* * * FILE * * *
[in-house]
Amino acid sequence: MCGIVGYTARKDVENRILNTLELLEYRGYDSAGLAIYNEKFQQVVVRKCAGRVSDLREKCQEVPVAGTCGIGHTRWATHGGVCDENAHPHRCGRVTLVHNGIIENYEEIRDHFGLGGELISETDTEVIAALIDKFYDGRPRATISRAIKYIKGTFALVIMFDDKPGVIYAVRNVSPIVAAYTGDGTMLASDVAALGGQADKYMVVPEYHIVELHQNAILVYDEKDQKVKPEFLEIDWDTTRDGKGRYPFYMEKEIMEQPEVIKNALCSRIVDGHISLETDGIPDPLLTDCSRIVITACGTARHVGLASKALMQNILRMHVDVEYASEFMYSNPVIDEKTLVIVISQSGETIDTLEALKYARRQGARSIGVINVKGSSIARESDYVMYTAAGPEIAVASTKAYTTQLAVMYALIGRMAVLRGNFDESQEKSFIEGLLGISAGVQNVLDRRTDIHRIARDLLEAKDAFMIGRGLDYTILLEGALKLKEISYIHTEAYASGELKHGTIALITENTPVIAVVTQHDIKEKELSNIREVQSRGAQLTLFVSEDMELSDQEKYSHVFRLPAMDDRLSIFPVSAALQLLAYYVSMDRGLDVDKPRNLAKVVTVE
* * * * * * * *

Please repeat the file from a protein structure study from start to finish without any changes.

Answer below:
[in-house]
Amino acid sequence: MCGIVGYTARKDVENRILNTLELLEYRGYDSAGLAIYNEKFQQVVVRKCAGRVSDLREKCQEVPVAGTCGIGHTRWATHGGVCDENAHPHRCGRVTLVHNGIIENYEEIRDHFGLGGELISETDTEVIAALIDKFYDGRPRATISRAIKYIKGTFALVIMFDDKPGVIYAVRNVSPIVAAYTGDGTMLASDVAALGGQADKYMVVPEYHIVELHQNAILVYDEKDQKVKPEFLEIDWDTTRDGKGRYPFYMEKEIMEQPEVIKNALCSRIVDGHISLETDGIPDPLLTDCSRIVITACGTARHVGLASKALMQNILRMHVDVEYASEFMYSNPVIDEKTLVIVISQSGETIDTLEALKYARRQGARSIGVINVKGSSIARESDYVMYTAAGPEIAVASTKAYTTQLAVMYALIGRMAVLRGNFDESQEKSFIEGLLGISAGVQNVLDRRTDIHRIARDLLEAKDAFMIGRGLDYTILLEGALKLKEISYIHTEAYASGELKHGTIALITENTPVIAVVTQHDIKEKELSNIREVQSRGAQLTLFVSEDMELSDQEKYSHVFRLPAMDDRLSIFPVSAALQLLAYYVSMDRGLDVDKPRNLAKVVTVE